• Domain registration and hosting: GoDaddy.com.  They’re cheap and convenient.  They also have lots of low cost modules available for adding on functionality.  Being a Microsoft guy, I chose the ASP.NET environment with SQL Server but they actually have more modules available for the Linux/PHP environment.
  • Content Management:  Microsoft Expression 3 (html and asp).  I considered and researched drupal, dotnetnuke, and wordpress but in the end did not trust their somewhat closed systems.  With Expression I create simple html and asp and just copy the files up to the website.  I don’t have to worry if something misconfigured at the hosting site or they go away.  With a CMS, I’m just not comfortable I could get my content out easily and quickly if needed.  There’s something sort of comforting about having total control over how content is created.
  • The Expression suite of software along with copies of SQL server, Visual Studio and other software was supplied for FREE by Microsoft. I participate in the Microsoft Websitespark (details here) program which helps small businesses get on the internet and publish web content for minimal cost. Microsoft provides a lot of free software to help out and I’ve found it very easy to participate in and use the program.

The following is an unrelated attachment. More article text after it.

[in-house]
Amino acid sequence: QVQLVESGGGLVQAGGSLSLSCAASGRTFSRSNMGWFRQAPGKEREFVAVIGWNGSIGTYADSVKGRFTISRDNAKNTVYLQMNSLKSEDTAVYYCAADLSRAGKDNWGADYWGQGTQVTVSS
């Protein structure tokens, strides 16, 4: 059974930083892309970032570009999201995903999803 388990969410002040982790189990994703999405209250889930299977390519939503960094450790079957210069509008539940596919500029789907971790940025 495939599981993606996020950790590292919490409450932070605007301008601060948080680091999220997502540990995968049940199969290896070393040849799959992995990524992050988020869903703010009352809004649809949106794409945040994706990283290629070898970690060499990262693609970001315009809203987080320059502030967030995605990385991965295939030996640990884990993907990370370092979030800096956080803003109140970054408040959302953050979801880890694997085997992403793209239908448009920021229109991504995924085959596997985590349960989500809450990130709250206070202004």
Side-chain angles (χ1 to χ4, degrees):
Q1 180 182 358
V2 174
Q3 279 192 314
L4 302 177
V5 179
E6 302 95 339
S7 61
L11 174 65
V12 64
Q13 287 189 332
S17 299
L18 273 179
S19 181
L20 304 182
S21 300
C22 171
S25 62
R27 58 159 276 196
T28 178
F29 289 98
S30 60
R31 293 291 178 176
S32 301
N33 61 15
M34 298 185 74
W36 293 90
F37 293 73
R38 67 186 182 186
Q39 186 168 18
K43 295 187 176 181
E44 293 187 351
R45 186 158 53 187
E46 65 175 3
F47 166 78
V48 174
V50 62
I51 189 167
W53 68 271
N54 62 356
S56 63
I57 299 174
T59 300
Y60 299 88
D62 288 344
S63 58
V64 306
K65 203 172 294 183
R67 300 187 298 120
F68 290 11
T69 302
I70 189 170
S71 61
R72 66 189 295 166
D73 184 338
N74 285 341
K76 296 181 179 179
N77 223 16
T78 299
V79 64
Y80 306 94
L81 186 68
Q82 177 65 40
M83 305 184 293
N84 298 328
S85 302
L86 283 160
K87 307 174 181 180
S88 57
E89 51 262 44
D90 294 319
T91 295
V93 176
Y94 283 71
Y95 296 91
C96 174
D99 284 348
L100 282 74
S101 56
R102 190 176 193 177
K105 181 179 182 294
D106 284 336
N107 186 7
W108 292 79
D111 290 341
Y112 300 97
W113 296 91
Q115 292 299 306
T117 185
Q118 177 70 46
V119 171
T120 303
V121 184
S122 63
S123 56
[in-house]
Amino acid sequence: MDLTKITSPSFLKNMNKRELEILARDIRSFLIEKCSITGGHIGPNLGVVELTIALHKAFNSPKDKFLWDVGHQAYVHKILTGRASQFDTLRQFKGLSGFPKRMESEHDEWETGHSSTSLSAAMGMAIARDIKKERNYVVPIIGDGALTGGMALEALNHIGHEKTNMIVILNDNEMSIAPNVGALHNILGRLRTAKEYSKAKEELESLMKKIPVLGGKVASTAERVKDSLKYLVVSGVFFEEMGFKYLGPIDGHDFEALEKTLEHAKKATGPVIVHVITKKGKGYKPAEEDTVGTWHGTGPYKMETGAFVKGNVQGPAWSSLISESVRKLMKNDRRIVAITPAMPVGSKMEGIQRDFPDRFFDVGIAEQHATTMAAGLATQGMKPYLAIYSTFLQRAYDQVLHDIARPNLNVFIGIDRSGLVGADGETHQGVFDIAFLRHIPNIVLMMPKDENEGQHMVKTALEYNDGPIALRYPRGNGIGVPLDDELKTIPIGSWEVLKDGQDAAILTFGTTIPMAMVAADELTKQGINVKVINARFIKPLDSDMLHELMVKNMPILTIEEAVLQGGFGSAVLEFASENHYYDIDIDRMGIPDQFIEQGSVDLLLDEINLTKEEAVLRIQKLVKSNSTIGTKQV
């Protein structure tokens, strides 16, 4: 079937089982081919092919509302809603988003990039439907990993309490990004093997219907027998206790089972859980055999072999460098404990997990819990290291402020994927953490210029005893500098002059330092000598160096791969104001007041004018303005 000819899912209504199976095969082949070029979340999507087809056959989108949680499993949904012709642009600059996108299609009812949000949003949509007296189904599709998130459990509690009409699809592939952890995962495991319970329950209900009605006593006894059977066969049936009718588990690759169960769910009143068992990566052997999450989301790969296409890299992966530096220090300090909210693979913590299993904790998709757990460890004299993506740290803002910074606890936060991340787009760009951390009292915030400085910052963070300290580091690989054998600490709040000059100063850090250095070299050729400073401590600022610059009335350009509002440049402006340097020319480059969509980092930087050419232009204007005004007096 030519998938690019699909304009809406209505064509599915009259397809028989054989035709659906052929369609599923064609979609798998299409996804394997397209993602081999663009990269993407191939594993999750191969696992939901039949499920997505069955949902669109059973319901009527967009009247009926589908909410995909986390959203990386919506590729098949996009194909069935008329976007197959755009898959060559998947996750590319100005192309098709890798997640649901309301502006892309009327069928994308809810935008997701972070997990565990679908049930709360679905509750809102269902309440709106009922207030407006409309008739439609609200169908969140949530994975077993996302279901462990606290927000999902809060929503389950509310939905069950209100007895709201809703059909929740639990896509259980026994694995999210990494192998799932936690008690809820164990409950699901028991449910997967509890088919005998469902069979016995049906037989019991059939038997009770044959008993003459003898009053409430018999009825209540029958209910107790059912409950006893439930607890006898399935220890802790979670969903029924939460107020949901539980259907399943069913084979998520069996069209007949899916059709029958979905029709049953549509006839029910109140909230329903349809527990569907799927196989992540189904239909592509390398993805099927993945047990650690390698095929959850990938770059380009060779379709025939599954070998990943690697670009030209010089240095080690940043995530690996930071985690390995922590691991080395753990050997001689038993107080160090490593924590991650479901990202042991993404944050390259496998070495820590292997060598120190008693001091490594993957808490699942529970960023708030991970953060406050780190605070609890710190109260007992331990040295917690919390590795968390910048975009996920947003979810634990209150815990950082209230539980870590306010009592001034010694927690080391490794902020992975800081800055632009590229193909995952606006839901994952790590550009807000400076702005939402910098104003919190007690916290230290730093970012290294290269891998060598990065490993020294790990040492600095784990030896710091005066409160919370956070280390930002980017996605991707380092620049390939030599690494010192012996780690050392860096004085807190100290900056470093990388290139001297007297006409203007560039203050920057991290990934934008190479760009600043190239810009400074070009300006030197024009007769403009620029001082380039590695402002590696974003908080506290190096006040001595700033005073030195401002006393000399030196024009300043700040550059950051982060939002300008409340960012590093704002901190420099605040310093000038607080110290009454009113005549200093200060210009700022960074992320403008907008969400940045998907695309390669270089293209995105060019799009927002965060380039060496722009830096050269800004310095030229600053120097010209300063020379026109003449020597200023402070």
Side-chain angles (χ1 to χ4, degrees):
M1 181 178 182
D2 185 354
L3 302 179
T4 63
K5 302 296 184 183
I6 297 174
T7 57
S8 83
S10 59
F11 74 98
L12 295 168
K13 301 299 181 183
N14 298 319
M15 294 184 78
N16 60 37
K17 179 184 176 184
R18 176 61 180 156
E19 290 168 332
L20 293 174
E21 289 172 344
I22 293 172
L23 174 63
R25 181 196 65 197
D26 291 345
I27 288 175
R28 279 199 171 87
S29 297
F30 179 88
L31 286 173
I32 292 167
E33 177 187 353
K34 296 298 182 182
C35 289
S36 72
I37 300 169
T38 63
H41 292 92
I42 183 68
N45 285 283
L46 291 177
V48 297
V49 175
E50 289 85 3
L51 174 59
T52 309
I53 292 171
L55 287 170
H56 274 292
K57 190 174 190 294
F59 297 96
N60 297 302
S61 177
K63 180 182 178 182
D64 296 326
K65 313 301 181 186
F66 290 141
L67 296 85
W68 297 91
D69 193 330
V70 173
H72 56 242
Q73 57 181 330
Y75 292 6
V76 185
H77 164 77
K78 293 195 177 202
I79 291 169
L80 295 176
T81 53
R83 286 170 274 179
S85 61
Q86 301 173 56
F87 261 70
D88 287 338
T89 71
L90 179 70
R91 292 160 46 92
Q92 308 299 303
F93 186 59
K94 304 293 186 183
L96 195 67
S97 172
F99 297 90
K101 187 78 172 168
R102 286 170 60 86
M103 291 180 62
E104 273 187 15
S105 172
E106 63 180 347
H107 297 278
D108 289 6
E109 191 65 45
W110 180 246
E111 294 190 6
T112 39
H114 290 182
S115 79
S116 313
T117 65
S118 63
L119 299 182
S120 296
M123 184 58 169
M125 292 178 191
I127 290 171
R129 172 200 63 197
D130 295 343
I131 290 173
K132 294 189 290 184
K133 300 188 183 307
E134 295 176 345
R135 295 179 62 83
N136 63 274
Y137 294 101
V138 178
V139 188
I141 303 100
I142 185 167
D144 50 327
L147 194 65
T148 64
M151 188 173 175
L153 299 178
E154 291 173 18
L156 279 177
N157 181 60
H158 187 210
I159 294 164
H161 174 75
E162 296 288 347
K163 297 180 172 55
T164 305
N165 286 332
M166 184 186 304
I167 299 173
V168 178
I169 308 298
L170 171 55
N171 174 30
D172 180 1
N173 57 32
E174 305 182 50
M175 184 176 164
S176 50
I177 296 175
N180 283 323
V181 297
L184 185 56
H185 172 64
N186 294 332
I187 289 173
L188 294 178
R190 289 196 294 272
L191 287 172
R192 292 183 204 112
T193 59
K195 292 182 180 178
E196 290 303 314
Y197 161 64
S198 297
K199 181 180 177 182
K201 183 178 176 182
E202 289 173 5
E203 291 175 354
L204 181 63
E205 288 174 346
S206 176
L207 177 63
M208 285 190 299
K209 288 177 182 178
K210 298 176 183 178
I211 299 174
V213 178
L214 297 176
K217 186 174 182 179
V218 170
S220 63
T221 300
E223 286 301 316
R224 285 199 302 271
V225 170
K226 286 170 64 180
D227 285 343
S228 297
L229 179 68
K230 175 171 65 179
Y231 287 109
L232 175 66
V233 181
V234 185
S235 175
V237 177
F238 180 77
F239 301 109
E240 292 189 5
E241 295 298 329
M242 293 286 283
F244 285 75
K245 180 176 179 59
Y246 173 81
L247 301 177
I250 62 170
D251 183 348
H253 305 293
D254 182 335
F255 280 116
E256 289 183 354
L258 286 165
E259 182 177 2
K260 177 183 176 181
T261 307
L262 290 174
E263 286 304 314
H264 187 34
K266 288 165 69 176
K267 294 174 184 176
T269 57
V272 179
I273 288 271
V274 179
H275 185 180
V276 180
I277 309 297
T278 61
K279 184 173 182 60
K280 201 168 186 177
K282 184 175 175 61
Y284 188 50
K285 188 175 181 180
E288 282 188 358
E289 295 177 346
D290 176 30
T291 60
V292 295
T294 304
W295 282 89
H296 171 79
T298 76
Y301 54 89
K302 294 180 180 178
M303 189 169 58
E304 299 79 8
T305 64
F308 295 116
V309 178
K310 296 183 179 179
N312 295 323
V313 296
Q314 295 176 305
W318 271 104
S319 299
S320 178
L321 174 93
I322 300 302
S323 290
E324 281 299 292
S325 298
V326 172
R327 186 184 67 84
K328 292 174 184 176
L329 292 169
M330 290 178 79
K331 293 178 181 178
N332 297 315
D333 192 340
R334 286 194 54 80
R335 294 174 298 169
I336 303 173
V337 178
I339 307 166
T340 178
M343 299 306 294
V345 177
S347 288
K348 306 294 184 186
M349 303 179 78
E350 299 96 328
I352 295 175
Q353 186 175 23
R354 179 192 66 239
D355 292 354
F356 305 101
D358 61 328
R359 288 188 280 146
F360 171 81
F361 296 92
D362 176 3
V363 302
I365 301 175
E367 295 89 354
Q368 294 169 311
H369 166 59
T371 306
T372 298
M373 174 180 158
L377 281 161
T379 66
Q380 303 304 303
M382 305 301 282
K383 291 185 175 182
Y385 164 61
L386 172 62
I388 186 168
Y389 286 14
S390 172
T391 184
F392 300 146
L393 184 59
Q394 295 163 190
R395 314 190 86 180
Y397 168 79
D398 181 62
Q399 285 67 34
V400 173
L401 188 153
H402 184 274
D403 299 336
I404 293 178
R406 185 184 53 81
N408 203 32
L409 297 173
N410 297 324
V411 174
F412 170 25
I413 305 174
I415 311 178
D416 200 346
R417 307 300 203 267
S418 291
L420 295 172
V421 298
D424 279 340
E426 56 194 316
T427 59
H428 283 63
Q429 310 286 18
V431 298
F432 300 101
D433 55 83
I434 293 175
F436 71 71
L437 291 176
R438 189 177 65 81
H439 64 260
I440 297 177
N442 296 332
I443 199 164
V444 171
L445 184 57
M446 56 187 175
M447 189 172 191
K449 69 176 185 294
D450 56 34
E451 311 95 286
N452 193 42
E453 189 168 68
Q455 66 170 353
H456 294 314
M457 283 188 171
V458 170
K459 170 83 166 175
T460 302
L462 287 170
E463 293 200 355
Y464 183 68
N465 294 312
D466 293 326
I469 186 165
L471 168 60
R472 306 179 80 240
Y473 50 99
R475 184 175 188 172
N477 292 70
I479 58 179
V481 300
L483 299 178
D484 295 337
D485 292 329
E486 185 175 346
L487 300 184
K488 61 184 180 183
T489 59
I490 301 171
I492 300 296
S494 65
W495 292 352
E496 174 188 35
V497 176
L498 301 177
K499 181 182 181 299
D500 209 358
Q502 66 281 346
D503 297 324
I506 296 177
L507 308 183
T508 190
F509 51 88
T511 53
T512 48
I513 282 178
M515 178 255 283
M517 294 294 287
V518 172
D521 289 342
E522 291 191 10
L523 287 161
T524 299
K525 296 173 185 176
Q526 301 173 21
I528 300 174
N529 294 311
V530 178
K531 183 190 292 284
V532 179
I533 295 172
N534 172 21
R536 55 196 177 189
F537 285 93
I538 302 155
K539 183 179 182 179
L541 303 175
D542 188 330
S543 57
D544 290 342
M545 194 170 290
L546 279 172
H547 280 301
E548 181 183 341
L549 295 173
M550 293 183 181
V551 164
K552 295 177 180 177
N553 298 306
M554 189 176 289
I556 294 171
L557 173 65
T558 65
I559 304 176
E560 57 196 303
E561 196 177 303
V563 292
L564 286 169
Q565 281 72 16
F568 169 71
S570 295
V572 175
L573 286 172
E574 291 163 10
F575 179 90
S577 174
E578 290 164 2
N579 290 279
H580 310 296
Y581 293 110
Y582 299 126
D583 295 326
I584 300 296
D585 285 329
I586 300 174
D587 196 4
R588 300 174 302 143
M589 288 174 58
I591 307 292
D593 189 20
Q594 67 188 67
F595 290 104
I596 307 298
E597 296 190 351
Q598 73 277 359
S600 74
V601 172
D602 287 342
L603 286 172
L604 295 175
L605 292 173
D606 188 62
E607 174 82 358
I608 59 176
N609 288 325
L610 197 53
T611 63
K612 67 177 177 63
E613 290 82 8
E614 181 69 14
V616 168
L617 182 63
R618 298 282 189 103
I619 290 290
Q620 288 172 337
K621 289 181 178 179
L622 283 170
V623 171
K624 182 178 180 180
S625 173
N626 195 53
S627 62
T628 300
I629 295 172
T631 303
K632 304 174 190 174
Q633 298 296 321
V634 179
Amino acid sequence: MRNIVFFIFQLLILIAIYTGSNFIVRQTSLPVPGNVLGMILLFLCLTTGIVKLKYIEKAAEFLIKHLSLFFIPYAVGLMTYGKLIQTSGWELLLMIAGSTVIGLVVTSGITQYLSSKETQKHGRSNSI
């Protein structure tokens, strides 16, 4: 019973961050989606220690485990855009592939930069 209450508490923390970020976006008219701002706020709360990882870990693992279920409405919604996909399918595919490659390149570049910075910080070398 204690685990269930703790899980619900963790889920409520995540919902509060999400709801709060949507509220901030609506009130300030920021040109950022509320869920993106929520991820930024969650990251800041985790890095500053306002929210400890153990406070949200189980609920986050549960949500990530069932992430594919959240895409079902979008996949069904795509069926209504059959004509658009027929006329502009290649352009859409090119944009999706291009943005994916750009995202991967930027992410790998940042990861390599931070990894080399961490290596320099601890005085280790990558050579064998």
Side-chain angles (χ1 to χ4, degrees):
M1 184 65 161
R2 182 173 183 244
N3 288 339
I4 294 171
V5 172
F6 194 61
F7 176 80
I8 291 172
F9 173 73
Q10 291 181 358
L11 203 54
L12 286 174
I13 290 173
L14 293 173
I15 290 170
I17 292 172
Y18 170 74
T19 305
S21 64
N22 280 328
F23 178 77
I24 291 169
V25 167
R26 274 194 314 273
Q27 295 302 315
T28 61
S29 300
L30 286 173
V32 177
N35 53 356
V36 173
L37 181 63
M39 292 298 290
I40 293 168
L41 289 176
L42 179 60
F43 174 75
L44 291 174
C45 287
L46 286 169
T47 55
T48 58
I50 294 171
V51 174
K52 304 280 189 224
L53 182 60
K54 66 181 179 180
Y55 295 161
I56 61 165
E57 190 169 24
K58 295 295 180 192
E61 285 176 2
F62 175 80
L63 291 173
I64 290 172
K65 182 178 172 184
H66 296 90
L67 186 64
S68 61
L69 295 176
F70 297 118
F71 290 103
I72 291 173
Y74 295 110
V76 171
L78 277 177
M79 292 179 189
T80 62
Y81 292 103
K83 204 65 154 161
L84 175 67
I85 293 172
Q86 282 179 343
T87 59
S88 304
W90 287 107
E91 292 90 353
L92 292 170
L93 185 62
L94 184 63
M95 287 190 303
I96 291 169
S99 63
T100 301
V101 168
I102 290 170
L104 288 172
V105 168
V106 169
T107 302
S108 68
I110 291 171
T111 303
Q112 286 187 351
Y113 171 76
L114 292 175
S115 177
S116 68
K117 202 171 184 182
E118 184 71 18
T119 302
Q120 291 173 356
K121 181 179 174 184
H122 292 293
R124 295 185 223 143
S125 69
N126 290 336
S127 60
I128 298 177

• Blogging software: Google’s Blogger platform. Usability is very good and easy to add analytics and adsense modules.
  • Traffic analytics: Google analytics.  Just put a bit of code in your webpage (I put it in my master template file) and you can use this excellent analytics program to slice and dice who’s visiting your site, and which search terms generate traffic.

Let’s Make a (new car) Deal